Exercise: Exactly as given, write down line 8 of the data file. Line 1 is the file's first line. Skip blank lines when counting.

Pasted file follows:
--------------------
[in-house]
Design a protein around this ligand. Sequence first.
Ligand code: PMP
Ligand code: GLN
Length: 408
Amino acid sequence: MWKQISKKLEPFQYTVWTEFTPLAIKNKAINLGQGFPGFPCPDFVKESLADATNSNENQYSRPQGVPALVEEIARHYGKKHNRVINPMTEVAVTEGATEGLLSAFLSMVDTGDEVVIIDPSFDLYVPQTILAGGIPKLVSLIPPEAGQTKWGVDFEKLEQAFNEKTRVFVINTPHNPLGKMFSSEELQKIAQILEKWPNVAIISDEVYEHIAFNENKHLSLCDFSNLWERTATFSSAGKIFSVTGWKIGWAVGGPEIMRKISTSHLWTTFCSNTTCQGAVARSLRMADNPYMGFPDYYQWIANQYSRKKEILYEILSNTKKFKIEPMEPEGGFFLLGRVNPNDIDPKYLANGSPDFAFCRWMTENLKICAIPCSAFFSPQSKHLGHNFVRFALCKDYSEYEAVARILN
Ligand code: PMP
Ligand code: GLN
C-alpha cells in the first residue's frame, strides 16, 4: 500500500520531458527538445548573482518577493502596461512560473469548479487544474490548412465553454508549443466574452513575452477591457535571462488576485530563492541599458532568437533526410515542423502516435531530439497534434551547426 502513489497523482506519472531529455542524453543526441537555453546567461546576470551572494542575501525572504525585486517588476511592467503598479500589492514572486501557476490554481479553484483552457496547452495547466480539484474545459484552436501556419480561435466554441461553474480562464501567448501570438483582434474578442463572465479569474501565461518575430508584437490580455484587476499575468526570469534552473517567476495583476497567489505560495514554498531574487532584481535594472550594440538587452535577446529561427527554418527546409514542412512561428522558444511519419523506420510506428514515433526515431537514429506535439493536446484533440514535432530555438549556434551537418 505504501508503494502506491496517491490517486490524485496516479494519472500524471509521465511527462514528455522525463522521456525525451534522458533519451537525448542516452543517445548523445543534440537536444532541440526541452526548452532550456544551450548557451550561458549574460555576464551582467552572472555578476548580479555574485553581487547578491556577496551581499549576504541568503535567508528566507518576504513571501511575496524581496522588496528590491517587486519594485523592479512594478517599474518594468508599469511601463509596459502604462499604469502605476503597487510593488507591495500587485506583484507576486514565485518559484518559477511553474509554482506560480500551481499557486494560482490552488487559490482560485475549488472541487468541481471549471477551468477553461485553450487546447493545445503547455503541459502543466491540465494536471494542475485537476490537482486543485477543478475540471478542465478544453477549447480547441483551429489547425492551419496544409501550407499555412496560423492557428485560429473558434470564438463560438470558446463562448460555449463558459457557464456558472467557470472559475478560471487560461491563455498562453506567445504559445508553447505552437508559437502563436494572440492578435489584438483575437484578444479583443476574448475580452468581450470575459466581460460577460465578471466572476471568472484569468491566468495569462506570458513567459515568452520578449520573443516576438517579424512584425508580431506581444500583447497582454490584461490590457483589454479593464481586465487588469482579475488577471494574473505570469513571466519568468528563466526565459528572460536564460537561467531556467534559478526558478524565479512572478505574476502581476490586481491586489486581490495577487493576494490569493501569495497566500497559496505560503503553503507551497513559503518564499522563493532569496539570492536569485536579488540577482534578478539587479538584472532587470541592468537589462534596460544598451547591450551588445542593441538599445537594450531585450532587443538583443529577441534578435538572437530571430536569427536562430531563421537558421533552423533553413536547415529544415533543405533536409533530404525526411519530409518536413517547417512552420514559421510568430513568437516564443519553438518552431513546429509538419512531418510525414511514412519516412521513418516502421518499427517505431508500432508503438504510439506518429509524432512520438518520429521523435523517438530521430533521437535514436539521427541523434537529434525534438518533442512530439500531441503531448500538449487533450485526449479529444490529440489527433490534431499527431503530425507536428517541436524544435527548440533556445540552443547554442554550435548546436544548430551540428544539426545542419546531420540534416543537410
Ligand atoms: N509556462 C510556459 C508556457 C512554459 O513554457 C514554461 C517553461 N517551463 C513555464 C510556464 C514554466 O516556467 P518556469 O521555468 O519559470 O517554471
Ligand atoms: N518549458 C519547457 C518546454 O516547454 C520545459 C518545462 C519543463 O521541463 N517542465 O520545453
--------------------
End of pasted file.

Ligand code: GLN